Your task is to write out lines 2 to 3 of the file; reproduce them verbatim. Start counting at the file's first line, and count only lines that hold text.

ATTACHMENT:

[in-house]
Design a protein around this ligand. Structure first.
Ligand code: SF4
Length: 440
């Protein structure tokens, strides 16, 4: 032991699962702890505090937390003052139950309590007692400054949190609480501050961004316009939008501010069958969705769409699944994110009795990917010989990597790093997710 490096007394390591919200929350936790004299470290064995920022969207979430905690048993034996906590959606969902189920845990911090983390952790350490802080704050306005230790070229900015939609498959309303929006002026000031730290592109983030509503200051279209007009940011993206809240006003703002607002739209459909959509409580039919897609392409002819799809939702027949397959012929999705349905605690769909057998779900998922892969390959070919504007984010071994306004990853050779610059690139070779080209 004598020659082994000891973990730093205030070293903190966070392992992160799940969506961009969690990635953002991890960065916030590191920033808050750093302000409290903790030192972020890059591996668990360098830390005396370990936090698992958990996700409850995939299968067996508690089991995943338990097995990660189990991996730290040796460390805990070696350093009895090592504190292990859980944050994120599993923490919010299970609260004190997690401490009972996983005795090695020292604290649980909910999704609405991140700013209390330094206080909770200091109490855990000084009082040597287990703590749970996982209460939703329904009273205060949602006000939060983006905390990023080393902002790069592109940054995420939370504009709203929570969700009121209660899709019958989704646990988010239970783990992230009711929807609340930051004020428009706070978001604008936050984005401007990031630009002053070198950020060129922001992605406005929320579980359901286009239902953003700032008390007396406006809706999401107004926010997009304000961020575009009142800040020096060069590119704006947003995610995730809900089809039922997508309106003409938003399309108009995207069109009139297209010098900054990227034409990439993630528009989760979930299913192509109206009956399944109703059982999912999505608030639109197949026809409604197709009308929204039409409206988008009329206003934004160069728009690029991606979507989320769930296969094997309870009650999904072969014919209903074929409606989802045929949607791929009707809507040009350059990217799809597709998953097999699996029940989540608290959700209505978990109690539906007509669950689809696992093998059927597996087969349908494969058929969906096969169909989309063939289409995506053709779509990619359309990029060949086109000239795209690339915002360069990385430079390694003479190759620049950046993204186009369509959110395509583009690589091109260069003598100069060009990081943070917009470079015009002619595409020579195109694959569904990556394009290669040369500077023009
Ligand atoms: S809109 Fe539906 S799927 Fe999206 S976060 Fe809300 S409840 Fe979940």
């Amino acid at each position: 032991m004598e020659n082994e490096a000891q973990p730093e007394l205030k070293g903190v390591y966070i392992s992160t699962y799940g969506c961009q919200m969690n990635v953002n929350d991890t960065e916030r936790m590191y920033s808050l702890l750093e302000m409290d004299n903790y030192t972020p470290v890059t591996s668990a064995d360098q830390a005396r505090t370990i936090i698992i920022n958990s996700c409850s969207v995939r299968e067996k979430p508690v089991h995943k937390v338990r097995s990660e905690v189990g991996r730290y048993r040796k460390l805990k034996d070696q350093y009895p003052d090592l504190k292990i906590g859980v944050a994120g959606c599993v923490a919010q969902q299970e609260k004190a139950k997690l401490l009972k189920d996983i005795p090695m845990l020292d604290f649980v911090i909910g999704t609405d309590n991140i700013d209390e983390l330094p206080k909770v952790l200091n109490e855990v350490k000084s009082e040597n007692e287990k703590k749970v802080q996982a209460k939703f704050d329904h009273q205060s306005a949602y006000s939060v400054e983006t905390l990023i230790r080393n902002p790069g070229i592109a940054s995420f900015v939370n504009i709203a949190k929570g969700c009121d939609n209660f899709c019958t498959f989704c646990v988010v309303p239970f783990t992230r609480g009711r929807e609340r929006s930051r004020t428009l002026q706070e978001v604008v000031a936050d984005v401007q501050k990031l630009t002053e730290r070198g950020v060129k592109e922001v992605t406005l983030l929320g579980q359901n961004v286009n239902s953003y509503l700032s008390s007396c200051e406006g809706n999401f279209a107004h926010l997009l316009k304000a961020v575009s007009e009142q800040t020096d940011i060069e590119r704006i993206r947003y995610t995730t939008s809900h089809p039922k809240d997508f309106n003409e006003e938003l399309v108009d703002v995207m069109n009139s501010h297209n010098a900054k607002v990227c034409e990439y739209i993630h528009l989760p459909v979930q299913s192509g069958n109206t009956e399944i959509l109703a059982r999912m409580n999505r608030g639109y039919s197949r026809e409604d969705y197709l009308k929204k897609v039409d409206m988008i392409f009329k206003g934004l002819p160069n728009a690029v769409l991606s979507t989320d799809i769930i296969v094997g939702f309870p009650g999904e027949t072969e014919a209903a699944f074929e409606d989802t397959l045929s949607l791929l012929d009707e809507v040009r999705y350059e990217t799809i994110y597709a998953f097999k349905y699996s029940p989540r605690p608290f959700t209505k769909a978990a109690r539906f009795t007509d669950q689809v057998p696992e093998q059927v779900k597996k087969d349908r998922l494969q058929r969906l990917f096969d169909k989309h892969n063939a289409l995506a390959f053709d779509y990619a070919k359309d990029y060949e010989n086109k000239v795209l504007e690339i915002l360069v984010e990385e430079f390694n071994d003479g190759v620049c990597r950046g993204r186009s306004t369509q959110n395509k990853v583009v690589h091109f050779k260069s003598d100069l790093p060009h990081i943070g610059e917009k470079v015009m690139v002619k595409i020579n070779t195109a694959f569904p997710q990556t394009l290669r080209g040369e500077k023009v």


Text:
Design a protein around this ligand. Structure first.
Ligand code: SF4